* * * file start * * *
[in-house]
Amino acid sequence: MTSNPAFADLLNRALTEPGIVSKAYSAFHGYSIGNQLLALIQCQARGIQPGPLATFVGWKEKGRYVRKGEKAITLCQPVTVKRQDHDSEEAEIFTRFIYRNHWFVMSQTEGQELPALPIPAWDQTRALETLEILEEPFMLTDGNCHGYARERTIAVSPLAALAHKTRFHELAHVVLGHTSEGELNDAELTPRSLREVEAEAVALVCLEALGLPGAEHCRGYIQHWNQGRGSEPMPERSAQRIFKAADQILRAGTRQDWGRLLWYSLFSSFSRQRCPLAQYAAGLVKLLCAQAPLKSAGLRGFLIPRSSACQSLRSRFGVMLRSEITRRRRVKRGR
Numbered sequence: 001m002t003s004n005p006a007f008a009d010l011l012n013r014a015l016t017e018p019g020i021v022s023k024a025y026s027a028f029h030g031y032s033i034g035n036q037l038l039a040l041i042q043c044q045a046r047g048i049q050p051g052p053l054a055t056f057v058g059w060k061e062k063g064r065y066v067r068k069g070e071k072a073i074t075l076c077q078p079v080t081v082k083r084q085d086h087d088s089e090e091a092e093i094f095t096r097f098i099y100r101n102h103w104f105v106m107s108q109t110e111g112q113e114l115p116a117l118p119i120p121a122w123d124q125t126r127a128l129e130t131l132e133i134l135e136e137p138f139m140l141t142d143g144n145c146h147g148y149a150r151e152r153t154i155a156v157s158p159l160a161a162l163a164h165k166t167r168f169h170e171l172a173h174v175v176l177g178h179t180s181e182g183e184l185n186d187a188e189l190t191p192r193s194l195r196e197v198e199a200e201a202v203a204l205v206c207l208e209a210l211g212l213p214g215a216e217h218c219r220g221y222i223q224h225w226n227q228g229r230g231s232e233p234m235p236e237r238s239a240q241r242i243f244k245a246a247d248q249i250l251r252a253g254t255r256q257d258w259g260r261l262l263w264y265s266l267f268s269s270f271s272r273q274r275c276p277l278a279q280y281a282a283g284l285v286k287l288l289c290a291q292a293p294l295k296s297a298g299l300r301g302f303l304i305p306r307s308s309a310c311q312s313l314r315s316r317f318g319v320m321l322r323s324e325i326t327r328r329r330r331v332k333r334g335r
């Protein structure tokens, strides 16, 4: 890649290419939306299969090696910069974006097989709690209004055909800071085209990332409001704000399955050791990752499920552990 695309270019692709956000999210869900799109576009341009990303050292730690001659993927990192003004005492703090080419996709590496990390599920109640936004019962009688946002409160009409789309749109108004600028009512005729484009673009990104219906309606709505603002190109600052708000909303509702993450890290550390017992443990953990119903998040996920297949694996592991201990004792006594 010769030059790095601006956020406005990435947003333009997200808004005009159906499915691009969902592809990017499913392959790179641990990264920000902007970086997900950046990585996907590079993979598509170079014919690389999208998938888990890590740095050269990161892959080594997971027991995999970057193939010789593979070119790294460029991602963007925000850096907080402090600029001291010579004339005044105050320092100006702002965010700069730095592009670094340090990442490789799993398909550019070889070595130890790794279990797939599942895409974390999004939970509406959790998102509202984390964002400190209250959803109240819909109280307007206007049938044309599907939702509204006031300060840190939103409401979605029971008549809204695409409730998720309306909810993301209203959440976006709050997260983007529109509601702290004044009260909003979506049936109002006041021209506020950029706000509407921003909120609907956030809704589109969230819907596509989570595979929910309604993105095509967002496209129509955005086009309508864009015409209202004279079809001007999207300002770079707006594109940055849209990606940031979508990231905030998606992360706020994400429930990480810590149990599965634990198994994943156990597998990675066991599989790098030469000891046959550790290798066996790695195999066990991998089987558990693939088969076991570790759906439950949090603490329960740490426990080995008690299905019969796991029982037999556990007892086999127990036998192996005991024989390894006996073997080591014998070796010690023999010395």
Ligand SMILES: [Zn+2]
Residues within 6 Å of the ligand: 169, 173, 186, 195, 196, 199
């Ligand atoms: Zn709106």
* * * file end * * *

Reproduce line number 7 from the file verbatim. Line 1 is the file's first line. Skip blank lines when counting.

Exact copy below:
């Ligand atoms: Zn709106």